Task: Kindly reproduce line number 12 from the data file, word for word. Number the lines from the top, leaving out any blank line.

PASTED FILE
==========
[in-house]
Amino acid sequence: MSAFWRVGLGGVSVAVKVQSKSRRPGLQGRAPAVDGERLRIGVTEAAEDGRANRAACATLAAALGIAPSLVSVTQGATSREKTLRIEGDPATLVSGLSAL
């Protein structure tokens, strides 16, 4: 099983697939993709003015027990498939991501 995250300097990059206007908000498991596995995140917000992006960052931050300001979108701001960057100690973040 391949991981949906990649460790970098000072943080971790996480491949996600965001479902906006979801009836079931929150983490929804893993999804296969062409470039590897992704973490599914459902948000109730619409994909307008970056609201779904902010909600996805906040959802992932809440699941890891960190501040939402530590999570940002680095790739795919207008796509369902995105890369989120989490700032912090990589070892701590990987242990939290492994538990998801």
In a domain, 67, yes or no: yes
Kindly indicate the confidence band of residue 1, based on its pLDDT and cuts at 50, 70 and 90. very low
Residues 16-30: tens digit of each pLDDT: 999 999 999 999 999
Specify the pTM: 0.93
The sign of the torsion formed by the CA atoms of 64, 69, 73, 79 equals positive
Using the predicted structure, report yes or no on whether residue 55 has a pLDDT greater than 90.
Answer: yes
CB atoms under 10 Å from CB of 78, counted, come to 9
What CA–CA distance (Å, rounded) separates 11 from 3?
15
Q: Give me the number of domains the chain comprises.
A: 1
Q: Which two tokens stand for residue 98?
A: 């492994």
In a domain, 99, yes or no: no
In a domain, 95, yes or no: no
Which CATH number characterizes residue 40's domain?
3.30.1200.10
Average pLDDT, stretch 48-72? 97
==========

What CA–CA distance (Å, rounded) separates 11 from 3?